Interview with Phoebe Cochran of Heart of Phoebe
Happy New Year everyone! Here's the interview with our Fairbanks box artist, Phoebe Cochran. I sat down with her on Skype, and we talked about making the transition from hobby to business, our similar musical tastes, and more! Without further ado. :)
Just start off by giving us an introduction and telling us about Heart of Phoebe.
PHOEBE COCHRAN: Okay. Well, my name is Phoebe Cochran. I am 19 years old. I will be 20 in February. I wasn't really intending to ever start a business. I've always wanted to teach art later on in life, but whenever I decided what I wanted to do with my life, it was never, "I want to grow up and be an artist." It was always, "I want to grow up, be a wife and a mother” and see where that takes me." Then, a couple of years ago, I started getting people asking me if I could paint them some things for money, and I would charge them very little because I didn't really want to do it for money. I just liked to paint, and draw, and do whatever I could as far as the arts were concerned. Then sometime back in 2016, I was like, "Well, there's no reason why I couldn't." I wasn't really open to subjecting myself and letting everybody see all the mess behind the creations necessarily, but early 2017, I launched my website and all my social media and started selling myself and it kind of blew up from there. Now it's a year later and I just hit a thousand followers on Instagram. My Facebook isn't nearly as active, but I get a lot of orders from my Etsy. I do a lot of custom local things. I work with a lot of different shops here in town, which is Fairbanks. I guess I should have said that. *laughs* Born and raised in Fairbanks. I don't really plan on leaving. As for the name Heart of Phoebe, that comes from -- I'm really a fan of the anatomical part of the design. I wouldn't necessarily consider myself a realist but versus optimist, pessimist, realist, I'd probably meet somewhere in the middle. And then sunflowers are the symbol of always looking on the bright side. So it's kind of a juxtaposition with the realism of the heart and then the sunflowers of the symbol. That's kind of where I got my logo and my name. Very cool. I always like to hear the story behind the name and the logo. PHOEBE: Yeah. That's a lot of people's question. Yeah, for sure. You'd mentioned earlier that you weren't planning to actually do it for money originally. You said that someone had asked you, a couple of people had asked you. Was that just friends initially? How did that come about? PHOEBE: Yeah, some friends. Some friends of friends. A lot of my parents' friends would come up there, or they'd ask my parents, "Hey, I know your daughter does this. Would she do this for this amount of money?" And since I didn't really care about the money, I just did it for them and they seemed to like it, so that's where that started off. I had some friends that would end up telling their friends, "Hey, there's this person that does this if you want to ask her."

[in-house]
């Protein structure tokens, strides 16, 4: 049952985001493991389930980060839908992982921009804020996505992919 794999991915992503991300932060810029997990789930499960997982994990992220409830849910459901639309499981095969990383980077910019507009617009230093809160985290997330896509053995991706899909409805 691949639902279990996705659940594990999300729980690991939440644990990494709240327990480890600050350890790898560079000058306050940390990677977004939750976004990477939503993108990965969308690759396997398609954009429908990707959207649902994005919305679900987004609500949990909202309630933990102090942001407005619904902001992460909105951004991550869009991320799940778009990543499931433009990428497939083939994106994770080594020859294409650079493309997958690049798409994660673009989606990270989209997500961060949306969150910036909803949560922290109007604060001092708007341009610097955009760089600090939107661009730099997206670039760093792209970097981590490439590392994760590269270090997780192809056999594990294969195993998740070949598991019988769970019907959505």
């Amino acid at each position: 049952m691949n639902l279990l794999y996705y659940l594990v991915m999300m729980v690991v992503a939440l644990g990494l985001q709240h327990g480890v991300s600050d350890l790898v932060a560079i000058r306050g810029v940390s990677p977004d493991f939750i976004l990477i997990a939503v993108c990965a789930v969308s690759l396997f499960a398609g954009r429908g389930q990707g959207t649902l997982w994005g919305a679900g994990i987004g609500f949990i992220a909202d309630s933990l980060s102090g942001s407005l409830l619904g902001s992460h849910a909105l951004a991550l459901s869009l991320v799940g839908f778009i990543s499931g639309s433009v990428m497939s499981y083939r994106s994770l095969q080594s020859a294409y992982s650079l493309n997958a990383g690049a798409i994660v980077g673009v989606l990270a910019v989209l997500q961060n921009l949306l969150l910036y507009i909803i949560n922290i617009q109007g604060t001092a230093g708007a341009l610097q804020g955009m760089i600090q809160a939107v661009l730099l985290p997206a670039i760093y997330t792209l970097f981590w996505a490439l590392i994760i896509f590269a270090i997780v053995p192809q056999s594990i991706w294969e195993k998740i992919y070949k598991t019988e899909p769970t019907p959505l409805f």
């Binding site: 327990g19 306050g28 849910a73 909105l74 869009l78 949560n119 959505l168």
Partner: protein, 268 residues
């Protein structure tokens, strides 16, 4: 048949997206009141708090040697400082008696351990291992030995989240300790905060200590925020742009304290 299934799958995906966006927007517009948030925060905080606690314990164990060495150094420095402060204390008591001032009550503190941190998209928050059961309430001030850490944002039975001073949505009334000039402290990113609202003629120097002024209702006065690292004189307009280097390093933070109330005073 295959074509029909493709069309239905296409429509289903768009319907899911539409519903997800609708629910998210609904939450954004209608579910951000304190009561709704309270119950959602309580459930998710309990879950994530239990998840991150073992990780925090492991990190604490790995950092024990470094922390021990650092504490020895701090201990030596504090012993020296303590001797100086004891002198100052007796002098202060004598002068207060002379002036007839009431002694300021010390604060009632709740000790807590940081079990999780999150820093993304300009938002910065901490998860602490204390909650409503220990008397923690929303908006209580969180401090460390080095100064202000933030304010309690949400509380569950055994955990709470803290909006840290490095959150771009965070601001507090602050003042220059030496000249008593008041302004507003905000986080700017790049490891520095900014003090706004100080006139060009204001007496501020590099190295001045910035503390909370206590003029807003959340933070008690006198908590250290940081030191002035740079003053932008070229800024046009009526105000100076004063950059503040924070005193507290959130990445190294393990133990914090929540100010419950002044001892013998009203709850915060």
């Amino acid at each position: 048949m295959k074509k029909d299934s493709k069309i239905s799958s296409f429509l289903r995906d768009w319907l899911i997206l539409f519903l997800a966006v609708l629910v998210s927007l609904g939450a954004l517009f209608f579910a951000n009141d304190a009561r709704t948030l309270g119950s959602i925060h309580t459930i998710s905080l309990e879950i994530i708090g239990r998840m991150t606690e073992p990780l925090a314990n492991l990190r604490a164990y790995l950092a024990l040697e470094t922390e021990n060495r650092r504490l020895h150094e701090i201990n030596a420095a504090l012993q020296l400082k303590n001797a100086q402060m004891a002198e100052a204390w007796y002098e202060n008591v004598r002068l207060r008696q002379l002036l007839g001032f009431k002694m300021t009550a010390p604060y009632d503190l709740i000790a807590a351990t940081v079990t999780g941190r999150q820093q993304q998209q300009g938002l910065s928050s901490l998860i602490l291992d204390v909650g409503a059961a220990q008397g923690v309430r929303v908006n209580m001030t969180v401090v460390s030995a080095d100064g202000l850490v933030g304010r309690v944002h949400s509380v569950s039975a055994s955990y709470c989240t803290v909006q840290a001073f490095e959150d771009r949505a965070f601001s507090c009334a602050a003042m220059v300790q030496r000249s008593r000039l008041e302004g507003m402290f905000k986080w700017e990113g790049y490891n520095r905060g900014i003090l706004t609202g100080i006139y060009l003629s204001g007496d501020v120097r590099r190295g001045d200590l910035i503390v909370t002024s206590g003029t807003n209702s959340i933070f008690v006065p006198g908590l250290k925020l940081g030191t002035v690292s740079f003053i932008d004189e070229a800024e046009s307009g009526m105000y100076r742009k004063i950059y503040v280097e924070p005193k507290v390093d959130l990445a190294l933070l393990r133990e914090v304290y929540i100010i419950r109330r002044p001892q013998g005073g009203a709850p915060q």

Right on. So since you weren't planning to do it from the beginning, what was that transition like when you finally decided, "I'm going to do this as a business."? PHOEBE: It was harder. I think since I'm not at the stage of life where I'm ready or close to being what I intend, which is a wife and mother, since I'm not at that point, I like the idea of doing what I love to do and possibly making a living off of it, which currently is easier said than done. There are still financial struggles but it wasn't as hard as I thought it would be to transition from hobby to business because I really enjoy the business side of things. Awesome. As far as the business side, did you just do research on your own? Did you have people close to you like family or friends that you talked to that had experience? PHOEBE: A lot was just research on my own, which I probably could have fast-tracked that if I was to talk to somebody that knew what they were doing. I had too much pride for my own good. Lately I've realized that that's not very helpful at all when starting your own business. *laughs* So I've talked to a lot more people recently versus at the beginning. In the beginning, I just wanted everybody to think I knew what I was doing. I think a lot of us when we start out are like, "Let's just see how things go," and then hit that point where it becomes, "Well, maybe I should talk to someone who's kind of gone through it a little bit." Even if you're taking certain things with a grain of salt, you at least get to pick someone's brain. PHOEBE: Right, yeah. And they're always super helpful. It's always, "Hey, I've noticed you did this, and could you help me?" And they're super helpful. I feel like a lot of Alaskan businesses are super community-oriented and willing to help others, which is awesome. Very cool. And so, you already, I'm assuming, have connected with other Alaskan artists then as well since you've been doing this? PHOEBE: Yes. And was that all since you kind of went more of the business route, or was that already kind of happening at least a little bit when you were still doing it just for you?